New emerging roles for epithelial cell extrusion

Research output: Contribution to journalArticlepeer-review

38 Citations (Scopus)


Epithelia use a unique process called ‘cell extrusion’ to remove cells from a layer, while preserving their barrier function. Specifically, a cell destined to die triggers formation of an actin and myosin-ring in the live neighboring epithelial cells surrounding it, which squeeze the dying cell out. During extrusion, the surrounding cells expand toward one another and meet to fill the gap left by the extruded cell. Recent studies have revealed new roles of extrusion in controlling developmental morphogenesis, maintaining homeostatic cell numbers, and how this process is usurped during bacterial pathogenesis. Here, we review recent advances in new processes that require cell extrusion and the signaling pathways controlling it.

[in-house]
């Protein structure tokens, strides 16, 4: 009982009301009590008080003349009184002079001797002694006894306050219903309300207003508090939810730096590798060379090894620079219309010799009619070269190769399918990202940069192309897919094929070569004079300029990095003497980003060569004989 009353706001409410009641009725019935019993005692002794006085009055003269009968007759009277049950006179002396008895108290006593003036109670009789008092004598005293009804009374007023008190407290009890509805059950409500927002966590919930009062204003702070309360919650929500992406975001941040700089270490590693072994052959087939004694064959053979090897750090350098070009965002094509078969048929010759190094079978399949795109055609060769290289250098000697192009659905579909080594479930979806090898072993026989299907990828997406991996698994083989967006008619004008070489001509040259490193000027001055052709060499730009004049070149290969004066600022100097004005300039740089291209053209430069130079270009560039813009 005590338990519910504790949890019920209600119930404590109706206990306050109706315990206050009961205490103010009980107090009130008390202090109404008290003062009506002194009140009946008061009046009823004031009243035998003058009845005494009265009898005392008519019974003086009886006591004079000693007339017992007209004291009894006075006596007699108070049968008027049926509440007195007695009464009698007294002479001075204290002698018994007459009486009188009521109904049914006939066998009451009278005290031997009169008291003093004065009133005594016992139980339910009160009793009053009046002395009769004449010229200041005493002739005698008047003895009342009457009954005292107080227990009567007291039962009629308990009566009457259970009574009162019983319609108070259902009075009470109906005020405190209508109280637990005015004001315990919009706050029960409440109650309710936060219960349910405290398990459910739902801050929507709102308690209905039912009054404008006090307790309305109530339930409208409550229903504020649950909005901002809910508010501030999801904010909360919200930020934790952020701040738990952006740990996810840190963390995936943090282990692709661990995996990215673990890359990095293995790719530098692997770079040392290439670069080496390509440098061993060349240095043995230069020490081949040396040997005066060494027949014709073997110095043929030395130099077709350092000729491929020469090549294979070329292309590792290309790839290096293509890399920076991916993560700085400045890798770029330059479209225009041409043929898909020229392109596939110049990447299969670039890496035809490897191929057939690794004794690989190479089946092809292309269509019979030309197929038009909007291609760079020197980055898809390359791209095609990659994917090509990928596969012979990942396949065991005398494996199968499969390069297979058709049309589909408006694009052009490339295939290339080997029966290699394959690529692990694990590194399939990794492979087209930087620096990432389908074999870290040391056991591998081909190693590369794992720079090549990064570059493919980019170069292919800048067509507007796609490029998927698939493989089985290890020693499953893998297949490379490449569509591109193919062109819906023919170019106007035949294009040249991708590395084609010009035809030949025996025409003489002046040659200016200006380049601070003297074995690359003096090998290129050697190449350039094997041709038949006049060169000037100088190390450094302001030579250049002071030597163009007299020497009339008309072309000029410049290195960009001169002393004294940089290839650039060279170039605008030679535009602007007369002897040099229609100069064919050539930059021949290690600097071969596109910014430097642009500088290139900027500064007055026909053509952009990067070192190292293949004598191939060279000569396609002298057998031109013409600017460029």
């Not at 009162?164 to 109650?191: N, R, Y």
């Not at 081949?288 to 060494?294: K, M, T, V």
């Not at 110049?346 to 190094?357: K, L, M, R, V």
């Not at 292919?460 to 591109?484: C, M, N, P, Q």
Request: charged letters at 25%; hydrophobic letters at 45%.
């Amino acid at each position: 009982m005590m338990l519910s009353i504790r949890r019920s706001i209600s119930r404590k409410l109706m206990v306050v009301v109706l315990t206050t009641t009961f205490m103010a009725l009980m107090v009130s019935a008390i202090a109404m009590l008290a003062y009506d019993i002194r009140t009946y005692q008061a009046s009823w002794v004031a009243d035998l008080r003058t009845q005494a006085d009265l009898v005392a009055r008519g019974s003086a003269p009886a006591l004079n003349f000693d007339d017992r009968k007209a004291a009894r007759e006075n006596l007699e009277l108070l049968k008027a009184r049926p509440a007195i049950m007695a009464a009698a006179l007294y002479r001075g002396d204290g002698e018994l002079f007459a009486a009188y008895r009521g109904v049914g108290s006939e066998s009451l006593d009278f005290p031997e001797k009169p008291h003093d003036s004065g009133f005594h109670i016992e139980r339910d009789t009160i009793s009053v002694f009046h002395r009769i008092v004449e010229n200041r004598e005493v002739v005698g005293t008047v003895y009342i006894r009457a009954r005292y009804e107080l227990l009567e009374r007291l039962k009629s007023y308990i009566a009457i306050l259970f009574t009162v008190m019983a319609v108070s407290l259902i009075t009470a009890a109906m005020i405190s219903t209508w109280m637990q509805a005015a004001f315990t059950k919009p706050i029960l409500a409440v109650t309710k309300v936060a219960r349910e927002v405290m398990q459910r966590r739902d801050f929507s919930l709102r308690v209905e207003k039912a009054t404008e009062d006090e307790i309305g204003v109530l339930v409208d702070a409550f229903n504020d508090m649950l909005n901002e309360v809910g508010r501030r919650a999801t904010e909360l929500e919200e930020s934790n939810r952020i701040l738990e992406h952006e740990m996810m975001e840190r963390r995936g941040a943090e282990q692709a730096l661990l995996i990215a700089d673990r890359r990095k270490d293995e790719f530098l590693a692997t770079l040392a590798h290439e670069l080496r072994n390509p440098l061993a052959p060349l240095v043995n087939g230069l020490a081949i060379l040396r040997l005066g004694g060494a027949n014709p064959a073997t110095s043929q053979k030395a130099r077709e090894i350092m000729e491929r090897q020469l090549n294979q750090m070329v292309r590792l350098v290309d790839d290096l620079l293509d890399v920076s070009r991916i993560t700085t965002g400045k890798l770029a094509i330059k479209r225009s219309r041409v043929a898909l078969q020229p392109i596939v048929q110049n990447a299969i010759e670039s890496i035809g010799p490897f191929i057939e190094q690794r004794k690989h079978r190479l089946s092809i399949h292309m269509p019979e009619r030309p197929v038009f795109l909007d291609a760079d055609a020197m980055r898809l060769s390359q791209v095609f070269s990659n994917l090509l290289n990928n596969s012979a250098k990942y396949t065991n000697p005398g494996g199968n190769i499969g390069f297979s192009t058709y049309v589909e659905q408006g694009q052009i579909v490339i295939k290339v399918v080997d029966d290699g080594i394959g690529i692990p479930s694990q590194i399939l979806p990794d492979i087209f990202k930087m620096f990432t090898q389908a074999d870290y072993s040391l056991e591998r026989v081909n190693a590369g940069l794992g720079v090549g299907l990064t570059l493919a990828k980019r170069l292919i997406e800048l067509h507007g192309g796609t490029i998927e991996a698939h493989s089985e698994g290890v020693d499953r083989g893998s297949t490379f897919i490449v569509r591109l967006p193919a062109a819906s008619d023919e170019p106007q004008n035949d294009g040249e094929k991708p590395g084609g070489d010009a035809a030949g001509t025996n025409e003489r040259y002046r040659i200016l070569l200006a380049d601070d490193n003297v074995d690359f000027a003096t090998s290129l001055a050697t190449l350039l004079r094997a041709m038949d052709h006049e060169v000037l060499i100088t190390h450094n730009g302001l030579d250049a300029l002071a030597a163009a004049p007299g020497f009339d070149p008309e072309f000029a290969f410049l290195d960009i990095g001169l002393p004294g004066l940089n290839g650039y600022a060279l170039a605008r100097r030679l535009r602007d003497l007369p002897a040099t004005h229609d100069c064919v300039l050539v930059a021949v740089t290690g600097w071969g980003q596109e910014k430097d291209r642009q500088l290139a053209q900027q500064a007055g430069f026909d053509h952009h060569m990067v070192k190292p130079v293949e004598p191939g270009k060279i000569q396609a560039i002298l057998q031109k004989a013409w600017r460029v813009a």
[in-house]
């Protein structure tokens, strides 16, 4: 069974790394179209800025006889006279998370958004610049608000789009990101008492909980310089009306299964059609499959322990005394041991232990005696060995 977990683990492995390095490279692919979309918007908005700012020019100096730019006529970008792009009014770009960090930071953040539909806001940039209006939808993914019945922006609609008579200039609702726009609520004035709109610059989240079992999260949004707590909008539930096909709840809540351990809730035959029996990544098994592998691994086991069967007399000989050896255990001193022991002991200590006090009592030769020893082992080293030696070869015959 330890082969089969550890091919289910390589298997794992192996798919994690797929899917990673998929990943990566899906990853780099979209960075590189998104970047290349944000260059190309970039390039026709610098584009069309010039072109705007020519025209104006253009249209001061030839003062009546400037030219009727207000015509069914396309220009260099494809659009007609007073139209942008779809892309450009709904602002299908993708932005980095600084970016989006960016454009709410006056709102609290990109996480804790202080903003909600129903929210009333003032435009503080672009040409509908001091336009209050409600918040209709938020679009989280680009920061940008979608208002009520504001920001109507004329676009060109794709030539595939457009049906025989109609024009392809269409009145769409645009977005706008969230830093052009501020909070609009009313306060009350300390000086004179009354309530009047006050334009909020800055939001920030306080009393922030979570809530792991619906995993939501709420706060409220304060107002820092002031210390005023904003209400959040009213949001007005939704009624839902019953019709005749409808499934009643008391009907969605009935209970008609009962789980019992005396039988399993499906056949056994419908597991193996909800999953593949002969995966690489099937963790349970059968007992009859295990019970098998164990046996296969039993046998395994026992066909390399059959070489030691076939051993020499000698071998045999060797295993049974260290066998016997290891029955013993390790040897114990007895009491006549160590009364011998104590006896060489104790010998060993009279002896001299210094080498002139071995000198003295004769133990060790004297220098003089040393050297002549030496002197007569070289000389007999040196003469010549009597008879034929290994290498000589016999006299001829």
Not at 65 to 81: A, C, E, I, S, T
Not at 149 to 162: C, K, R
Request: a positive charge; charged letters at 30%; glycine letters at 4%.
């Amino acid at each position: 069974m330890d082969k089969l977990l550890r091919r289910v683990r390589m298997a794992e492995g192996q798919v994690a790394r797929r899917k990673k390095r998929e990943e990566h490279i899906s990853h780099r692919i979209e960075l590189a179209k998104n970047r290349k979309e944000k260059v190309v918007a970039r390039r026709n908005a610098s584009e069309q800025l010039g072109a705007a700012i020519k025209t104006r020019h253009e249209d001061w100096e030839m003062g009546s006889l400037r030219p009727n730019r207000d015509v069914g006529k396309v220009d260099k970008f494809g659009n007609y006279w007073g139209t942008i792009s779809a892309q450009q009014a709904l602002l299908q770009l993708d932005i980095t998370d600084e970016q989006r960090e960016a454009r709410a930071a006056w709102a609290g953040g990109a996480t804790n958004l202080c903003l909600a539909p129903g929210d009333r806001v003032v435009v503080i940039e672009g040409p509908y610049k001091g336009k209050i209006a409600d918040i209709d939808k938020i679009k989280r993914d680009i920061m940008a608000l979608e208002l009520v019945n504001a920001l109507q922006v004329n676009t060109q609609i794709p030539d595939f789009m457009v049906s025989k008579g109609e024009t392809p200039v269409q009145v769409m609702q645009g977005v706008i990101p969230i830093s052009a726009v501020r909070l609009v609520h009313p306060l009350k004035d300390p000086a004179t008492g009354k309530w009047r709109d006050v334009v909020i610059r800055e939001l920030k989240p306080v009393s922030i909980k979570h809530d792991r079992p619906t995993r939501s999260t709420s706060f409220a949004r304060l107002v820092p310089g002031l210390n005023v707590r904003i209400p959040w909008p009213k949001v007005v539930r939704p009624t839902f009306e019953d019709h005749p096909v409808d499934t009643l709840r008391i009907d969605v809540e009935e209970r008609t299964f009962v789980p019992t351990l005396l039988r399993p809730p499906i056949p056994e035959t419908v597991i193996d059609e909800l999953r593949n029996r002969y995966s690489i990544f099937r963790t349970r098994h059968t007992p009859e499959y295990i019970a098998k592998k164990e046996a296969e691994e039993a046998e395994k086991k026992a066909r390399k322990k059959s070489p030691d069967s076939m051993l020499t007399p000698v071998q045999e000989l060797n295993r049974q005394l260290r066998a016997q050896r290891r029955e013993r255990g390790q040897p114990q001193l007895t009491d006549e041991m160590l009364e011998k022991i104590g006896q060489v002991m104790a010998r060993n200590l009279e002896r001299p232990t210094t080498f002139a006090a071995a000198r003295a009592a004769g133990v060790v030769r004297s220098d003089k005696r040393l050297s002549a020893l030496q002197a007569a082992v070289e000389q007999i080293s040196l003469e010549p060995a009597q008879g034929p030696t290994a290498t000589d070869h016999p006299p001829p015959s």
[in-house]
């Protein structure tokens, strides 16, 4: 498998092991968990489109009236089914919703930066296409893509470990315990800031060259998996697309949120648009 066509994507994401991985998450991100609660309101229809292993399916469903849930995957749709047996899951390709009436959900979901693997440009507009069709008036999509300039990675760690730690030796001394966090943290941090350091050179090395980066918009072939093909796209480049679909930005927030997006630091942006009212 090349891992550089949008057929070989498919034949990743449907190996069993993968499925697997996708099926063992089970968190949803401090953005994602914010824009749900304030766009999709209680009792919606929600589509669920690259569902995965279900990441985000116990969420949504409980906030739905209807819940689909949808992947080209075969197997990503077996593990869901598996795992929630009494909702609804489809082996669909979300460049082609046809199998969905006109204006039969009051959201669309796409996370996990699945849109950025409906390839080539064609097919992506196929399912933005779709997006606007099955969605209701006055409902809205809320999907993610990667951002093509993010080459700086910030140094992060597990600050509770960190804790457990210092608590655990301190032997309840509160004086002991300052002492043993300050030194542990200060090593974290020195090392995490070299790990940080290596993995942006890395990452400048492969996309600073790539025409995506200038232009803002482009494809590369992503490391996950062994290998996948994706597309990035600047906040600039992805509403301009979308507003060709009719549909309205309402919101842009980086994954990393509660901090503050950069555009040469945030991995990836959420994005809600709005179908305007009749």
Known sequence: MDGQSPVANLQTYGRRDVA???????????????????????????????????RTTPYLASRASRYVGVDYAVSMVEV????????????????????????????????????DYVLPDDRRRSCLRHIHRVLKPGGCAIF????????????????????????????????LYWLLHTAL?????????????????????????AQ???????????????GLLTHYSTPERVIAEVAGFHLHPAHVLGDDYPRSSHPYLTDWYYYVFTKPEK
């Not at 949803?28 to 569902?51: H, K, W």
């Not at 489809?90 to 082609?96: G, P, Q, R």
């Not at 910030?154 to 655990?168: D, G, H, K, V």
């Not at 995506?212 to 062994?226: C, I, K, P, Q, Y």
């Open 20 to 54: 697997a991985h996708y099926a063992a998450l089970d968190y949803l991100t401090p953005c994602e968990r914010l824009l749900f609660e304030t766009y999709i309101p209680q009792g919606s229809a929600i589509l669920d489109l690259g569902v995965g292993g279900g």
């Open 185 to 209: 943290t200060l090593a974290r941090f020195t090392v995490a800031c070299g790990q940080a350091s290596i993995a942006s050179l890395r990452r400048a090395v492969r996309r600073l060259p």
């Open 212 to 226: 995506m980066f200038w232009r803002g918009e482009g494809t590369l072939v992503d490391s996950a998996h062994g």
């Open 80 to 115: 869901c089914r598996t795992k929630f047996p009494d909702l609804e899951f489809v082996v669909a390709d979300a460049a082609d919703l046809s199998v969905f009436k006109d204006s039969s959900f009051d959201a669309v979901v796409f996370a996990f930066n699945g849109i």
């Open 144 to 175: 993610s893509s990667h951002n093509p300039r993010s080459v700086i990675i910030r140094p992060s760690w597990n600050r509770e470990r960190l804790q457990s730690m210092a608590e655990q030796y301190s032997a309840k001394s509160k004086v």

Original languageEnglish
Pages (from-to)865-870
Number of pages6
JournalCurrent Opinion in Cell Biology
Issue number6
Publication statusPublished - 2012


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